Moving Pets Abroad – A Handy Guide
Even moving your pet a few streets away or to a new town can be stressful for both the pet and the owner. So moving abroad and taking your pets with you can be even more of a stressful time! Here’s our 5 top tips on Moving Pets Abroad.
Want a full in-depth guide to moving a dog abroad? Why not check out this full guide from Scarlett Gold at Fluent Woof. It’s got all the information you’ll need and more! If you like our top tips, you’ll love Scarlett’s guide. You can check it our here.
Unfortunately not all pets are accepted equally across the world. Some rely on your country of origin to as a guideline on what pets can legally enter the country. In most countries all species of dogs and cat are accepted. However most Islamic countries have strict laws against cats and dogs, or in fact having any pets at all.
In order to get a rough idea of your destination’s pet regulations we’d suggest visiting petrelocation.com which is full of country specific guidelines on taking pets abroad. To get the up to date country rules for importing pets, we’d suggest visiting the countries consulate online. Have a look there for their most up to date import rules. Again, why not take a look at Scarlett’s complete guide to moving with a dog here.
There’s no point in taking your dog abroad with you if there’s not a vet within 100 miles of your new home.
Assess the local community before you go. Does the place you’re renting accept pets? What are the animal care facilities like? For example Japan’s vets are extremely busy in comparison to ours. It’s very hard to get an appointment even a week in advance for some pets.
Many countries require a period of quarantine before your pet is allowed to enter the country. This normally happens well after you’ve moved into the country.
A pet passport is a must, but some countries require a very high standard of stringent medical tests too. So understanding each countries own process allows you to create a timeline for your pets and when you need to start or speed up the process.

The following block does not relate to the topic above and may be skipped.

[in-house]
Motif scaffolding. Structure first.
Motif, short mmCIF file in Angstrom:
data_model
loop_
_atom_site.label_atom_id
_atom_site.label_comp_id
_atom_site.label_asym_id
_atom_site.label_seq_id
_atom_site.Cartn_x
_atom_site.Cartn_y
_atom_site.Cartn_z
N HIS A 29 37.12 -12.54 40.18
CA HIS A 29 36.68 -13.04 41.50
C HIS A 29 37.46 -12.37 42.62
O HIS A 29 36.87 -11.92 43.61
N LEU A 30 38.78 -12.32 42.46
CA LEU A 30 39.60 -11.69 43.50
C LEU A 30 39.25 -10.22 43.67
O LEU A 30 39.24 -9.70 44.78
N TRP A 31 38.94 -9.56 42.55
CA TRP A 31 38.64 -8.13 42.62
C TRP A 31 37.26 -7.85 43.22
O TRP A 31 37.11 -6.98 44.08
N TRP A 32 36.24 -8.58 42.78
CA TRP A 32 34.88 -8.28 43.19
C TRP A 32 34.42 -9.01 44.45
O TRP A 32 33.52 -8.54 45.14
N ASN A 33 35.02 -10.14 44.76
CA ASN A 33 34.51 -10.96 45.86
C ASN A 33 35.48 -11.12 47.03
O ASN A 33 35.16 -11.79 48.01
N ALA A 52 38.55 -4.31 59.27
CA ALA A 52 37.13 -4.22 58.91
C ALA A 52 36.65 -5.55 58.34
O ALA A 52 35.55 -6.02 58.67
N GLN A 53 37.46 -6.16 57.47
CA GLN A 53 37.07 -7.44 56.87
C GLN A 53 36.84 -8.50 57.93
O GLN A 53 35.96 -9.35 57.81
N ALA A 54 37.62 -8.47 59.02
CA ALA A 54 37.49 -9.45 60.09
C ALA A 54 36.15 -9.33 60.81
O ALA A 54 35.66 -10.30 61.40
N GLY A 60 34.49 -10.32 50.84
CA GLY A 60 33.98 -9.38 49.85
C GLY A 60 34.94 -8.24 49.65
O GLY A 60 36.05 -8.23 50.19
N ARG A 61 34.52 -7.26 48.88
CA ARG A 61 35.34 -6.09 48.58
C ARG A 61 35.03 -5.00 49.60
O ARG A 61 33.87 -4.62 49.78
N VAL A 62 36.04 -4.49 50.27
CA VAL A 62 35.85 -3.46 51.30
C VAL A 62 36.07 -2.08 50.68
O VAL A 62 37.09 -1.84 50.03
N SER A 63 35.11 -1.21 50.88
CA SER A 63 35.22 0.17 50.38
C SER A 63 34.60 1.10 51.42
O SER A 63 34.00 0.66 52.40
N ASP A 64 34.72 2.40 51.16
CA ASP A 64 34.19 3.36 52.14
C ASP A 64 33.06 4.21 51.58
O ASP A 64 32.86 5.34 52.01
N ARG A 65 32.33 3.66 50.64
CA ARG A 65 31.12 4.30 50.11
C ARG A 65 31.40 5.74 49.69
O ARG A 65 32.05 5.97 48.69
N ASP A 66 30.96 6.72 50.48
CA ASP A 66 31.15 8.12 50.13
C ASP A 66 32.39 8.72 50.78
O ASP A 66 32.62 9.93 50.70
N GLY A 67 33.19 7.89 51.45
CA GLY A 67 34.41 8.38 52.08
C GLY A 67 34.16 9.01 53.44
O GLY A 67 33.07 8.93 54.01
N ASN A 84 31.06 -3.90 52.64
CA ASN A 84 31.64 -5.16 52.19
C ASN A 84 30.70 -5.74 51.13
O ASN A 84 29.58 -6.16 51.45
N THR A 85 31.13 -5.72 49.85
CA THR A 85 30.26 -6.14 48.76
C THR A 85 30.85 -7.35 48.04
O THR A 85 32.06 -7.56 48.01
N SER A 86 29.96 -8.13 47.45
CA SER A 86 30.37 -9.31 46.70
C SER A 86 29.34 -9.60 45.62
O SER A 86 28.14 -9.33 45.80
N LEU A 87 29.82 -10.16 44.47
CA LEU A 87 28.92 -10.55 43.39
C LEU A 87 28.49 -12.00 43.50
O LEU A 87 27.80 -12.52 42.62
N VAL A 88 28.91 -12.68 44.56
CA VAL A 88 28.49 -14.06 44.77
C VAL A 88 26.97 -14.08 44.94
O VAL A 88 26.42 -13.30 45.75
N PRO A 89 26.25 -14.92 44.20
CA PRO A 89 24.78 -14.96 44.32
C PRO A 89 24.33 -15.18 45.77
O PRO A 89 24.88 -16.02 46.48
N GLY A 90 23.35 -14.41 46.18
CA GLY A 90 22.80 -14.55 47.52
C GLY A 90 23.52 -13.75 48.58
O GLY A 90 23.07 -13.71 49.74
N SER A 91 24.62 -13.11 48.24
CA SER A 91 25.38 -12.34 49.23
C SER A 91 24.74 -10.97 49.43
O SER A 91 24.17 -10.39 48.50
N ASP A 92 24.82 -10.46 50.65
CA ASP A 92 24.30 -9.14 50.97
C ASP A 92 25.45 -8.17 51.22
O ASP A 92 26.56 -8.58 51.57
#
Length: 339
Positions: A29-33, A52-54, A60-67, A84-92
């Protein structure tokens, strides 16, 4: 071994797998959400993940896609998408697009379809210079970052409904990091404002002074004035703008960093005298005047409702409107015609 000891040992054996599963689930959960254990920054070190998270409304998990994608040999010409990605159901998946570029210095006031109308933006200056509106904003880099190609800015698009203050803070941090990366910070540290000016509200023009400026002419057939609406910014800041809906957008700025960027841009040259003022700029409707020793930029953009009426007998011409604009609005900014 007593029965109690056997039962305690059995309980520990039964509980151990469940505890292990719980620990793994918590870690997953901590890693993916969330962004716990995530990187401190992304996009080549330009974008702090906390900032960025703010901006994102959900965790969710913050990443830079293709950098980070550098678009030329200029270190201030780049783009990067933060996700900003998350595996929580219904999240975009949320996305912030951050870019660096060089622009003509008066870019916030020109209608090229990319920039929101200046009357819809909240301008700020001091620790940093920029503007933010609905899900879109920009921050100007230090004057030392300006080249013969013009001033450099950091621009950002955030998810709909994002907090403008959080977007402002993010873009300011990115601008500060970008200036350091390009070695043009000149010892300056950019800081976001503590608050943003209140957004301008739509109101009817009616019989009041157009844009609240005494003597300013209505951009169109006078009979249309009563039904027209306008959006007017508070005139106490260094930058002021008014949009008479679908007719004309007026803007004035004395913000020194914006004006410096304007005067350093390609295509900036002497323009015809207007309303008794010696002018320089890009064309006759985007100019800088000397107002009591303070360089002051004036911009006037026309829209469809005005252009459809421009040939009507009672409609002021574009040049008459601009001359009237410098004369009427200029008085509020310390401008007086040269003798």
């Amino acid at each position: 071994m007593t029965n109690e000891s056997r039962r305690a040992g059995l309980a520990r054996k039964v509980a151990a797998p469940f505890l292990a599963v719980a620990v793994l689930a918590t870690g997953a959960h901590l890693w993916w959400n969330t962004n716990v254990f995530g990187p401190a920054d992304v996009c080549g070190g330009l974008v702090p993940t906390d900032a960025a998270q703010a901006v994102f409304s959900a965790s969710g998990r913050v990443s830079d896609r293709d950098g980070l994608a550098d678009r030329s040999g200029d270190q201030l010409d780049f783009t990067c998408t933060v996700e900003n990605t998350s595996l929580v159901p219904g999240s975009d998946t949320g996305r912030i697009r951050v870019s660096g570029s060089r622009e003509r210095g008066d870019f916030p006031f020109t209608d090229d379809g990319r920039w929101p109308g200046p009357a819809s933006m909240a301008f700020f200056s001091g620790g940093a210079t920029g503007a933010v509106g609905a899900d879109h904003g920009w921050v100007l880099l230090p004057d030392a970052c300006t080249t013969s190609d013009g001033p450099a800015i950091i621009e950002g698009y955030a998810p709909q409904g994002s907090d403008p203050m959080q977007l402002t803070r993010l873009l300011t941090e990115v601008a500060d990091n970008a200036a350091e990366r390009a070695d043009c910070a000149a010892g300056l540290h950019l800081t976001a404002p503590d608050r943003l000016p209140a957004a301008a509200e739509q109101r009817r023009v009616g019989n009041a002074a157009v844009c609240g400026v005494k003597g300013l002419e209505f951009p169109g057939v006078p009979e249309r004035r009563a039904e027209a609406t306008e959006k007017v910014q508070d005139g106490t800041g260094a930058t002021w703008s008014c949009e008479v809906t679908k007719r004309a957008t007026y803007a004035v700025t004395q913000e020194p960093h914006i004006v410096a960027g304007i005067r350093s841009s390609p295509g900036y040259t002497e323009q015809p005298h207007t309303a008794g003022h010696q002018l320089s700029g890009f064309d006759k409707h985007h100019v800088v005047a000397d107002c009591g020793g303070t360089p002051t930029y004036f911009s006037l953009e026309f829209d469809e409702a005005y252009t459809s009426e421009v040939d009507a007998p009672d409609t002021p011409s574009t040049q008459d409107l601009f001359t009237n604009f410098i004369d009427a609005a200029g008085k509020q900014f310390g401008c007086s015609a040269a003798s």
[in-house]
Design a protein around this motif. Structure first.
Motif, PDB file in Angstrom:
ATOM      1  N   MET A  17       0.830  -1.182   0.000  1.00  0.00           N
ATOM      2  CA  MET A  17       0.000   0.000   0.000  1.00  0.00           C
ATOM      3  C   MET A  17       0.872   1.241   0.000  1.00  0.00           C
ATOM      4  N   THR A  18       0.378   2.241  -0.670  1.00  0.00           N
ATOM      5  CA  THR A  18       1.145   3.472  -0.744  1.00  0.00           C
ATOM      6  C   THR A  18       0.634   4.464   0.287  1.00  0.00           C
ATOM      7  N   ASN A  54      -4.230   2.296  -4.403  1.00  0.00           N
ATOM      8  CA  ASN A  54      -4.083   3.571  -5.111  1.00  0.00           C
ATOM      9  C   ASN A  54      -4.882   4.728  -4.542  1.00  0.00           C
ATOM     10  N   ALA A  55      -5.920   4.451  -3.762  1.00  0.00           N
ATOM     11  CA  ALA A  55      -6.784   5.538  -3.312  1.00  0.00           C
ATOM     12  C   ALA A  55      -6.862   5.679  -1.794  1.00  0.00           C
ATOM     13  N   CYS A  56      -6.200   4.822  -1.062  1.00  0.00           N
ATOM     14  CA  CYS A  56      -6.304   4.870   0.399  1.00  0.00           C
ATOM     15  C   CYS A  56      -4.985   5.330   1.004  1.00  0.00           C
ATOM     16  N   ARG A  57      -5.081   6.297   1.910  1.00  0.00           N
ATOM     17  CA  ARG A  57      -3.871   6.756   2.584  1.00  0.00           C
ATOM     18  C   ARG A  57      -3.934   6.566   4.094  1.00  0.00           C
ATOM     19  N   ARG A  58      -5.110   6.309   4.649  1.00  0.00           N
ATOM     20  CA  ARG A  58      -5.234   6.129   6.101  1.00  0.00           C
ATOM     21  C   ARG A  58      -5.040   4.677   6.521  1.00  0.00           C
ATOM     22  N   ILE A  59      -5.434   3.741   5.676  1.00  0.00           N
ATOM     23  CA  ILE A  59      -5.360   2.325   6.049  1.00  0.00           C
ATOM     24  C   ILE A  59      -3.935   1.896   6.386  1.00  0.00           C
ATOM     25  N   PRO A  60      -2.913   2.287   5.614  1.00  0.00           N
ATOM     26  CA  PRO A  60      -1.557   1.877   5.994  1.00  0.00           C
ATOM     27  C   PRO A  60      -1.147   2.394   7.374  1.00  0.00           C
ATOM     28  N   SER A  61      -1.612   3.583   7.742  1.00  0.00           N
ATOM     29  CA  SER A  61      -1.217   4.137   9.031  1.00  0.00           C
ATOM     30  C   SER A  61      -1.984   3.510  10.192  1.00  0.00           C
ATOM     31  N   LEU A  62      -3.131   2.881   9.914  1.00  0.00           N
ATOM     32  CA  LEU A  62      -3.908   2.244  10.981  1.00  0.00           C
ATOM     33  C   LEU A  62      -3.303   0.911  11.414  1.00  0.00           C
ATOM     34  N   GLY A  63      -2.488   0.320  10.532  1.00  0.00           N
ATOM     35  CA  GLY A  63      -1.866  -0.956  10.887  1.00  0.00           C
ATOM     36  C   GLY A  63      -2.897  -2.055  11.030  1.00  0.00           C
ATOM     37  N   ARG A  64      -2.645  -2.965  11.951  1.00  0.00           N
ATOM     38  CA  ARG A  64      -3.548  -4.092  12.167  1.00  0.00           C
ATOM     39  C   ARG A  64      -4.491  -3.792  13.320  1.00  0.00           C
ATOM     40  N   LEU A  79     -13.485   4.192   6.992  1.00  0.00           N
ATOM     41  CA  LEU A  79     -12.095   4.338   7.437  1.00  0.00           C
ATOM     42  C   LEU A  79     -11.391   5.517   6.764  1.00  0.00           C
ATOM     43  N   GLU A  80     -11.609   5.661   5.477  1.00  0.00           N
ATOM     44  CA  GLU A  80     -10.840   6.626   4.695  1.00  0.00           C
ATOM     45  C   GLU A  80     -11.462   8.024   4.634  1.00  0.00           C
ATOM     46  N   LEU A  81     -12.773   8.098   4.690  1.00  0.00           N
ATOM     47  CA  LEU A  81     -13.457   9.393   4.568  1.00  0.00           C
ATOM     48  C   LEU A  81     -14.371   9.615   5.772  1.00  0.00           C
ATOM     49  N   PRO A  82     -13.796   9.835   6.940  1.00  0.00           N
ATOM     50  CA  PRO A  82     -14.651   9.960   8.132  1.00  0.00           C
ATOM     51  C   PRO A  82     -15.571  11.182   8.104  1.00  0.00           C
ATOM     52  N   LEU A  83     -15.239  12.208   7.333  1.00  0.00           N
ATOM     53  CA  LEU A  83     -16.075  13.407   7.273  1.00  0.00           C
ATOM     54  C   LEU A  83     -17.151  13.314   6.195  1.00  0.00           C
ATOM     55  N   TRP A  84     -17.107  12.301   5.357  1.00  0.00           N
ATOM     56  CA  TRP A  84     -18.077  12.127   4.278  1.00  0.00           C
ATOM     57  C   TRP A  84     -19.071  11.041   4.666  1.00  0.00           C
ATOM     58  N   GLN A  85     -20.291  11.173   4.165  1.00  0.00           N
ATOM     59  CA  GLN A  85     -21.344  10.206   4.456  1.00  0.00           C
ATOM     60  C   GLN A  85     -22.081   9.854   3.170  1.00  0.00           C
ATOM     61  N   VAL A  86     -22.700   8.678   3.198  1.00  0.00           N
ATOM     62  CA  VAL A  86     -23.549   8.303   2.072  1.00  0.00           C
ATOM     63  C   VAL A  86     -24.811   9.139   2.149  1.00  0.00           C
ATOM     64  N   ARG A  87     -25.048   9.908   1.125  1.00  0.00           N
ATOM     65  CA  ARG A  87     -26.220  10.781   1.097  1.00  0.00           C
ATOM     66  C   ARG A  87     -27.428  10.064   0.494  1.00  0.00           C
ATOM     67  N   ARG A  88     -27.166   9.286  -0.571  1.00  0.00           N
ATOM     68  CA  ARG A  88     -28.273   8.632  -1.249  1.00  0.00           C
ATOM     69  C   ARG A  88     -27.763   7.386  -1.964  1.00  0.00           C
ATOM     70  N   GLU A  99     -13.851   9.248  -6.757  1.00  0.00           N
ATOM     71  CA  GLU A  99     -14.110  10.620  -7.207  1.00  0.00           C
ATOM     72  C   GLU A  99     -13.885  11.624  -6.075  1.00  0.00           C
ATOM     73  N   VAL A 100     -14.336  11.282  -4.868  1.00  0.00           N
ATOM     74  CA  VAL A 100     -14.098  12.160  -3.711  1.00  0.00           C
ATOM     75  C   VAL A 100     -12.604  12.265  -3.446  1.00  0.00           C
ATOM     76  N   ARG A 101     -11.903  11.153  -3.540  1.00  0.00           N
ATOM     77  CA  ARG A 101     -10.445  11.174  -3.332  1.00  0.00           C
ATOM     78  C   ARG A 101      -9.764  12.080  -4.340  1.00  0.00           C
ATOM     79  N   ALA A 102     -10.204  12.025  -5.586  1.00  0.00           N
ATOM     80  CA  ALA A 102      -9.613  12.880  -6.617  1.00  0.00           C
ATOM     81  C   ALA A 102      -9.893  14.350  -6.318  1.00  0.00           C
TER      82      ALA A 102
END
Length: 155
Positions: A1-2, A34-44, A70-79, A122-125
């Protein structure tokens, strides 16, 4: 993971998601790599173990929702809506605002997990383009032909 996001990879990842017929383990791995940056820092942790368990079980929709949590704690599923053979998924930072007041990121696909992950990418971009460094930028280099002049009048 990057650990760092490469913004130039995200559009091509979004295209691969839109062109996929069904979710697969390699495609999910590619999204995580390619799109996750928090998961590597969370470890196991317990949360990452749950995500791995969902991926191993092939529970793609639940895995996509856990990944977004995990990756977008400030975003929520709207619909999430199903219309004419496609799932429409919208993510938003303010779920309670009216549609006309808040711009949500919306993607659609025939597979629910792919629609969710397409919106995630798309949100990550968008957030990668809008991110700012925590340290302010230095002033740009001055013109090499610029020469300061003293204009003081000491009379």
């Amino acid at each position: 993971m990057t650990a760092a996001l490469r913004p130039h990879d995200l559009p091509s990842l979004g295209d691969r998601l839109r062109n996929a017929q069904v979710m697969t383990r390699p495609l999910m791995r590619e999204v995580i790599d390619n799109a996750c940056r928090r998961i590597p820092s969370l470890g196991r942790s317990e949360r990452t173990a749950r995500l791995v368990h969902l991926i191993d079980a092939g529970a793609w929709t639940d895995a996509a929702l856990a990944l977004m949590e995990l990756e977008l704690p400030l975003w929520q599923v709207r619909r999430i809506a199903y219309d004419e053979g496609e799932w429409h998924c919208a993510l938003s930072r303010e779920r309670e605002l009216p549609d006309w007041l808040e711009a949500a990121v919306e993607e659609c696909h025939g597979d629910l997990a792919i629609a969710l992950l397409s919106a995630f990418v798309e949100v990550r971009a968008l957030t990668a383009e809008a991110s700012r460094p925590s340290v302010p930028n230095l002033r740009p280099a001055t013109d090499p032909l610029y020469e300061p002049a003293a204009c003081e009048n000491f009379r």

Again, in places like Japan where there a lot of cats and dogs, it takes at least 6 months to get an animal into the country. A dog or a cat must be microchipped and vaccinated. They also have to have numerous blood tests with a 180 day waiting period following the last of the blood tests.
So if you’re only planning to live in a country for 6 months, you might be better leaving your pets at home.
Although there are no recognised guidelines for transporting animals internationally, many airline have their own rules and regulations about pets on board.
Contact a representative from your chosen airline and ask them about their rules and regulations on transporting animals. Remember if you’re doing a layover or catching a connecting flight, other airlines rules may be different so be sure to double check with them before flying. For example their are little rules going from Tokyo to Los Angeles. However, if you’re flying from Los Angeles to Tokyo, the rules are entirely different.
The majority of airlines require any animal carrier to be approved by the International Air Transport Association (IATA). However, if you can’t find an approved one most airlines will actually rent you one directly.
As one would expect, each of these carriers are designed to fit your specific breed of cat, dog or animal. However, if you are hiring a pet carrier from an airline, expect to pay considerable transport, handling and holding fees.
It’s definitely not as easy to take your pet abroad as it once was. However, with the rise of the anti-vax movement, ensuring your pet is disease free and fully vaccinated is the only way to guarantee your pet will be joining you on your new adventure.
For more information on pets abroad or moving abroad give us a call or drop us a message today.